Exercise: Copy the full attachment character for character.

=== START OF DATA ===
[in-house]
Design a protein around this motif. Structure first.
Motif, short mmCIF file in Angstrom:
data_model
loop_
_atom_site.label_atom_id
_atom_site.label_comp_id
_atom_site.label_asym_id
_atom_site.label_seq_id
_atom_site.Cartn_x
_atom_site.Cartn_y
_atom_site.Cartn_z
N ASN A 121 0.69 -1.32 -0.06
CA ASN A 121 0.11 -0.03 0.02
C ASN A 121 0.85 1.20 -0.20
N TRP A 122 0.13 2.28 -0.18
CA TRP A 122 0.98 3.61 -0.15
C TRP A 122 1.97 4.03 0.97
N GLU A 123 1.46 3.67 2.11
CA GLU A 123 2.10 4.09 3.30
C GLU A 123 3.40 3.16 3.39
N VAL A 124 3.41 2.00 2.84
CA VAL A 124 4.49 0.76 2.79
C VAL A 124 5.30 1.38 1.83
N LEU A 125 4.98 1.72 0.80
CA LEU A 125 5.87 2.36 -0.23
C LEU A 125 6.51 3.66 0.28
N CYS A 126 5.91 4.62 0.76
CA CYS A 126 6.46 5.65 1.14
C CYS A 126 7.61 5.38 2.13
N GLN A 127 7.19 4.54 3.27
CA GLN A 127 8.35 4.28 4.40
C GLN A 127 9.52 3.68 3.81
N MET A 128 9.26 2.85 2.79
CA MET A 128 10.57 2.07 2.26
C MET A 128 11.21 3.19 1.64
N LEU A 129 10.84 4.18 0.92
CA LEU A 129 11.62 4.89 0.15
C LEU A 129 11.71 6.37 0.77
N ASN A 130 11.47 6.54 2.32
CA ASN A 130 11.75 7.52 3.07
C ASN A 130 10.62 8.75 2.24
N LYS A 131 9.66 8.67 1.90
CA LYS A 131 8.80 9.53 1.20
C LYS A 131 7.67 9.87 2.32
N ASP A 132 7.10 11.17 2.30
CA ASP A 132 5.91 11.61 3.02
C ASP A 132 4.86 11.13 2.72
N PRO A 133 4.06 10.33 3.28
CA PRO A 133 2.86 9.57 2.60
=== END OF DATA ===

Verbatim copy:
[in-house]
Design a protein around this motif. Structure first.
Motif, short mmCIF file in Angstrom:
data_model
loop_
_atom_site.label_atom_id
_atom_site.label_comp_id
_atom_site.label_asym_id
_atom_site.label_seq_id
_atom_site.Cartn_x
_atom_site.Cartn_y
_atom_site.Cartn_z
N ASN A 121 0.69 -1.32 -0.06
CA ASN A 121 0.11 -0.03 0.02
C ASN A 121 0.85 1.20 -0.20
N TRP A 122 0.13 2.28 -0.18
CA TRP A 122 0.98 3.61 -0.15
C TRP A 122 1.97 4.03 0.97
N GLU A 123 1.46 3.67 2.11
CA GLU A 123 2.10 4.09 3.30
C GLU A 123 3.40 3.16 3.39
N VAL A 124 3.41 2.00 2.84
CA VAL A 124 4.49 0.76 2.79
C VAL A 124 5.30 1.38 1.83
N LEU A 125 4.98 1.72 0.80
CA LEU A 125 5.87 2.36 -0.23
C LEU A 125 6.51 3.66 0.28
N CYS A 126 5.91 4.62 0.76
CA CYS A 126 6.46 5.65 1.14
C CYS A 126 7.61 5.38 2.13
N GLN A 127 7.19 4.54 3.27
CA GLN A 127 8.35 4.28 4.40
C GLN A 127 9.52 3.68 3.81
N MET A 128 9.26 2.85 2.79
CA MET A 128 10.57 2.07 2.26
C MET A 128 11.21 3.19 1.64
N LEU A 129 10.84 4.18 0.92
CA LEU A 129 11.62 4.89 0.15
C LEU A 129 11.71 6.37 0.77
N ASN A 130 11.47 6.54 2.32
CA ASN A 130 11.75 7.52 3.07
C ASN A 130 10.62 8.75 2.24
N LYS A 131 9.66 8.67 1.90
CA LYS A 131 8.80 9.53 1.20
C LYS A 131 7.67 9.87 2.32
N ASP A 132 7.10 11.17 2.30
CA ASP A 132 5.91 11.61 3.02
C ASP A 132 4.86 11.13 2.72
N PRO A 133 4.06 10.33 3.28
CA PRO A 133 2.86 9.57 2.60